Six basic types of RAID

The reasons for building RAID systems seem desirable enough so how do we achieve them?

There are a number of types of RAID differing in how much they satisfy each of the objectives.

RAID 0 - Striping

RAID 0 uses a technique called “striping” which is employed in other RAID versions.

The basic idea is that if you want to write a file to the disks it is split up into fixed size blocks. The first block is written to the first drive in the array, the second to the second and so on until we get back to the first drive again.

You can see that RAID 0 makes the array of drives look like a single virtual drive by spreading the data over all of them. As long as the drives can function independently of one another there can be a performance gain but this also depends on choosing the correct block or ‘stripe’ size to optimise the performance.

In practice RAID 0 should be avoided at all costs for the simple reason that the failure of any drive in the array results in the complete loss of data and data recovery is made much more difficult by the way that the data is spread across the drives.




RAID 1 - Mirroring

This is often referred to as mirroring.

Additional drives simply backup the original, i.e. they mirror the first drive. In most cases mirroring is used with two drives as this provides the maximum benefit for smallest cost.

It doesn’t increase the storage capacity, i.e. two drives provide the same capacity as one, but it does improve data reliability. If one of the drives fails there is still a copy of all of the data on the working drive. You can replace the failed drive with a fresh drive and the mirror copy will be regenerated.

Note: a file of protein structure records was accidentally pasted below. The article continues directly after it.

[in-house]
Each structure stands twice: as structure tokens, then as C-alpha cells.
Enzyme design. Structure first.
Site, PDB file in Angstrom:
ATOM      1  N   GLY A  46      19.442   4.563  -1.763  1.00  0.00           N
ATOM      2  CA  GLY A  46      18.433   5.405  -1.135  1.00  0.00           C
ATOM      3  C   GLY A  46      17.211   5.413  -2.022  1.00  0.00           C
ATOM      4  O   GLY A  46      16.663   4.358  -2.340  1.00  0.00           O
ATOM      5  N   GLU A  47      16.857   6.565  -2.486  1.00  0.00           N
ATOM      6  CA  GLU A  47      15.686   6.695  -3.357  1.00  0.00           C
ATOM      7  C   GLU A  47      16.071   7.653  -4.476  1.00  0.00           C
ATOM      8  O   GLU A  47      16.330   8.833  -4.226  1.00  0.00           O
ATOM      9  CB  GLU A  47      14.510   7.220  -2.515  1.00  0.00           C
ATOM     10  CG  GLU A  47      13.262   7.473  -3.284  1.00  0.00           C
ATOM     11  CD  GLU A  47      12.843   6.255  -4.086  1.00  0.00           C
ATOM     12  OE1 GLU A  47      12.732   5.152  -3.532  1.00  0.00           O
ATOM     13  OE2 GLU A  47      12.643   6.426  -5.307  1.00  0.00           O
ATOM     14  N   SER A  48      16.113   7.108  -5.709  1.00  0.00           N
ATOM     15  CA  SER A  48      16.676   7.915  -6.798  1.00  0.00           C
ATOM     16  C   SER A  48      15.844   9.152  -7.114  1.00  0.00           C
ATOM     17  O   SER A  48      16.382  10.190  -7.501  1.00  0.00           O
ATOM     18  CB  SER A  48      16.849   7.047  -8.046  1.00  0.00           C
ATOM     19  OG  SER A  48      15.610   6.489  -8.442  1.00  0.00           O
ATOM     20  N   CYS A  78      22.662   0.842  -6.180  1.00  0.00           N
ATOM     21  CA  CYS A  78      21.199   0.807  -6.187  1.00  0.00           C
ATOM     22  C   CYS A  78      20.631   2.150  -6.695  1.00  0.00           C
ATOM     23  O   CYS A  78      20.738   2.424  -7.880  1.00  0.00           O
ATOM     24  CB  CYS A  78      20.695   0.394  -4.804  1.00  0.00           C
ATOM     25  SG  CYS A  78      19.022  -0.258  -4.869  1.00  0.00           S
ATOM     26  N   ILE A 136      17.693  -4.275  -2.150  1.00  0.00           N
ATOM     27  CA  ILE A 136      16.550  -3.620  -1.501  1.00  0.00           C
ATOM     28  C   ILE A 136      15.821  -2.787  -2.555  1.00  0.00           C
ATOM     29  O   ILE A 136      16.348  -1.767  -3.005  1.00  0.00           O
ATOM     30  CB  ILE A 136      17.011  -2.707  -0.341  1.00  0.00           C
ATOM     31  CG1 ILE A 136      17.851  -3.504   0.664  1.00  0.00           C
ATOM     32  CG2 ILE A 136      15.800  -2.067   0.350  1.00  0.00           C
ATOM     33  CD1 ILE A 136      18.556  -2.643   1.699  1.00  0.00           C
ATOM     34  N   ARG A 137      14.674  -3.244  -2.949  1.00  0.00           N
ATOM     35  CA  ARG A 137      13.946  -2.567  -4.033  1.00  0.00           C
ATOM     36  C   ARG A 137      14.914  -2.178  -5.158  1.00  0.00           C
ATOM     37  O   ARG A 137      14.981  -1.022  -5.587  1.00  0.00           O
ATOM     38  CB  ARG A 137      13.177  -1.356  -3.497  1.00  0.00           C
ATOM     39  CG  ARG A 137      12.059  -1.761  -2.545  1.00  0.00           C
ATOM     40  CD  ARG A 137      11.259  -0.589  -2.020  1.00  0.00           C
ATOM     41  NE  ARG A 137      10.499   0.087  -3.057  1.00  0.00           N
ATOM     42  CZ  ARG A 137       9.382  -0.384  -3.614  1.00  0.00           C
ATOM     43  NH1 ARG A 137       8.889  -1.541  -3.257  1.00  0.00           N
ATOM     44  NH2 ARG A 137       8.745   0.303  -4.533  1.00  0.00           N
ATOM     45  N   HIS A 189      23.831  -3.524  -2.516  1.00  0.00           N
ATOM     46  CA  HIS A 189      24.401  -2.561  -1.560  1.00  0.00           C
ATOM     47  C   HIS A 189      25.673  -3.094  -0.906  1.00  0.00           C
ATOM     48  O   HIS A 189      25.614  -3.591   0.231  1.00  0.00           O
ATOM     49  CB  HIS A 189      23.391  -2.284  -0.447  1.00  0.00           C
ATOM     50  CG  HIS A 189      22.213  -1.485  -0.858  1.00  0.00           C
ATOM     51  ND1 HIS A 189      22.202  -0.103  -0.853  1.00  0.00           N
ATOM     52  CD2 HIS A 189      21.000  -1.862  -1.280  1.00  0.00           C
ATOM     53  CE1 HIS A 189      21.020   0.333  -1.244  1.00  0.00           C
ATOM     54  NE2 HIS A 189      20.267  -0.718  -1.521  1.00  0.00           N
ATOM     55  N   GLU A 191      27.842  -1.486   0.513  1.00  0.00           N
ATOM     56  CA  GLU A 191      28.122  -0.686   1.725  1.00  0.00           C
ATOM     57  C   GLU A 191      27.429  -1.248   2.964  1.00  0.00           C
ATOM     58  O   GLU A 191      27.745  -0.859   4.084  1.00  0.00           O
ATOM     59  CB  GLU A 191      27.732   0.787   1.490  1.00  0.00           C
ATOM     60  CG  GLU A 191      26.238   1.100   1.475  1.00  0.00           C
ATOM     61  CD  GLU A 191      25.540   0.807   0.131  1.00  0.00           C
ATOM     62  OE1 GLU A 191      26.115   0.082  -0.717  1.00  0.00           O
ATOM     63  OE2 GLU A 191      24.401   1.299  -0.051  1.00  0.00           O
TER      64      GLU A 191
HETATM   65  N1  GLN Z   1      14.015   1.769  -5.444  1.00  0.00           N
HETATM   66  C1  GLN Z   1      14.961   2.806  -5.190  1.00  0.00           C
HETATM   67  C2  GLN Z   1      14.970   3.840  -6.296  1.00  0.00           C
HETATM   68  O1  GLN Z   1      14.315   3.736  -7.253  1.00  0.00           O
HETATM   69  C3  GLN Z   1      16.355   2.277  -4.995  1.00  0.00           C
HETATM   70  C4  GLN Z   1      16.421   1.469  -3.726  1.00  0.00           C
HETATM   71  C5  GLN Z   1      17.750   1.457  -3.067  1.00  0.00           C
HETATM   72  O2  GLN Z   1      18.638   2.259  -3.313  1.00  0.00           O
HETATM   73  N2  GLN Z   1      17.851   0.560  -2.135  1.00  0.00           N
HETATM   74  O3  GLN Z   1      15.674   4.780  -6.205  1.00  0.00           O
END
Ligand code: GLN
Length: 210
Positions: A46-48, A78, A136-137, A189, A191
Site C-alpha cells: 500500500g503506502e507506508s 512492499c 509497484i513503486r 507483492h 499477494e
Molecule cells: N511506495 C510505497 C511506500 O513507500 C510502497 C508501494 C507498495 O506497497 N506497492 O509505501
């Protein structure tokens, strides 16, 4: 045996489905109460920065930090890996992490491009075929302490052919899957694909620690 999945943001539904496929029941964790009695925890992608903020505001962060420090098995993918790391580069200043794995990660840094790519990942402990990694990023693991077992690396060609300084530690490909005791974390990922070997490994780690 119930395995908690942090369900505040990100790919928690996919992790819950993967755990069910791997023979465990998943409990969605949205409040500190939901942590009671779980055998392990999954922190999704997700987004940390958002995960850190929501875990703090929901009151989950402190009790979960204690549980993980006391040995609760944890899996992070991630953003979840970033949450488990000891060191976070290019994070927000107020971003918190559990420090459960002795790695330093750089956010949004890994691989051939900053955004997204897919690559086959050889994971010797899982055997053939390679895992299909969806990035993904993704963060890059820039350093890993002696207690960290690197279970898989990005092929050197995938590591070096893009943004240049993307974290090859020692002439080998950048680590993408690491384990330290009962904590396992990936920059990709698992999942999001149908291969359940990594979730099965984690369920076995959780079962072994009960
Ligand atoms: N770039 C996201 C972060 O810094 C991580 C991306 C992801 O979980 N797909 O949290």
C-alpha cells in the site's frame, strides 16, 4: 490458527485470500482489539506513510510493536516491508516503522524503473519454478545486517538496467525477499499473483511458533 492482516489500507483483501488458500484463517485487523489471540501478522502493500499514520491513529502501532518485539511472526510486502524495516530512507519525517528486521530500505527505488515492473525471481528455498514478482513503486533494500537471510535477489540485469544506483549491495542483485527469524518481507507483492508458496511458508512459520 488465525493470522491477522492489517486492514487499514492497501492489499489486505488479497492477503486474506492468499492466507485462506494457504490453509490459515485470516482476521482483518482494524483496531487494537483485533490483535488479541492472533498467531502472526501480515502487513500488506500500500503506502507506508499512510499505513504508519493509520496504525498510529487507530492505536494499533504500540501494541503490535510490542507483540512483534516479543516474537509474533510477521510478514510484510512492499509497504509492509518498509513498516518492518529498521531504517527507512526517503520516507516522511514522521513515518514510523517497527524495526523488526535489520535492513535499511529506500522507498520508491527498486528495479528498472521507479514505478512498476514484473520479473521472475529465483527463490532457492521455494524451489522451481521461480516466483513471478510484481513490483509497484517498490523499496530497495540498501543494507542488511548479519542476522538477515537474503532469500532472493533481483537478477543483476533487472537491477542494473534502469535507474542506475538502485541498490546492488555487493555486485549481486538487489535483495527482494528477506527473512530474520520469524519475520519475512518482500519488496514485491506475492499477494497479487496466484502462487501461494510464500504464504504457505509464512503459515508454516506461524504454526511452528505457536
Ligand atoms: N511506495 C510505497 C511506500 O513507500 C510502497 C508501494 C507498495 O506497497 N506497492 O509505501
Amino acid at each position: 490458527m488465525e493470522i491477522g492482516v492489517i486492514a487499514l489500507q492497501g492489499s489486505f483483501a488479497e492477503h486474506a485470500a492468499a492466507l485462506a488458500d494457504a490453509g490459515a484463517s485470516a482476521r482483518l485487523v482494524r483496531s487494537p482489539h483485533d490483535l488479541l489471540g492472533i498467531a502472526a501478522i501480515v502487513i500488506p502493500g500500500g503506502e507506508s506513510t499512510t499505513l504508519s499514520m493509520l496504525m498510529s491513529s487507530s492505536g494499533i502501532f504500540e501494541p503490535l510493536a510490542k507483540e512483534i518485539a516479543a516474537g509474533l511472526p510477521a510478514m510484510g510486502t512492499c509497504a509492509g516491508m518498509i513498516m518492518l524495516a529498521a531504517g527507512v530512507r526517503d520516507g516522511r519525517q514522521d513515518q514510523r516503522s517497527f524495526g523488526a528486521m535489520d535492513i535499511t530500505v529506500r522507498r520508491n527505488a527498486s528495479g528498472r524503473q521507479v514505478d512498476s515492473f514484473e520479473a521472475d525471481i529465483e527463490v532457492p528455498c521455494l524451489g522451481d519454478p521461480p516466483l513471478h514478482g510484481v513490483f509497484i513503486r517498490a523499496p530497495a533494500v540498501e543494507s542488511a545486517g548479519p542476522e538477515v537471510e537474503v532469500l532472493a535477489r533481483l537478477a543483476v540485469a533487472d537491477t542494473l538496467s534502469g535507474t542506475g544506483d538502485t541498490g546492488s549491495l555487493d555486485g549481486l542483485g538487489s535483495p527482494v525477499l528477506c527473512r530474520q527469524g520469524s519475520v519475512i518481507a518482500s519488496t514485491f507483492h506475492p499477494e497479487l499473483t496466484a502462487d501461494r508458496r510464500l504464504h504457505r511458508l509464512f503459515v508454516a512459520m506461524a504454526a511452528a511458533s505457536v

Mirroring can also increase performance if it is arranged so the data is read from alternate drives, but this isn’t really the main reason for using Mirroring.



RAID 2 sounds a bit like RAID 0 in that the data in a file is split and stored on all the drives in the array, but when you look at it in detail it is really a very different conception of how things should work.

In this case the data is striped into single bit sized blocks and an error correction code is added. The idea is the data is divided up into data words, error correction bits are added, and these are stored one bit per drive. Typically RAID 2 needs lots of drives to make it work.

For example, if the data in the file is naturally divided up into bytes and you add two error correction bits then you need 8 plus 2 i.e. 10 drives to store the data. As you can imagine this creates a highly reliable storage system which can withstand the simultaneous failure of multiple drives (exactly how many depends on the number of error correction bits added). It can also improve performance if suitable hardware is used to run the drives in parallel. In fact you need special hardware to make this scheme work at all and typically the drives need to spin in sync with one another so that the data can be written in parallel.



In many senses RAID 2 is the technological pinnacle of RAID systems, but it is hardly ever used today despite the falling cost of drives. The reason is most probably that it is overkill in the sense that drives are mostly reliable in the sense that they either work or they don’t work. A complete drive failure is well handled by simpler RAID systems - mirroring for example - and the on-the-fly error correction provided by RAID 2 generally isn’t needed.

Last Updated ( Sunday, 13 April 2014 )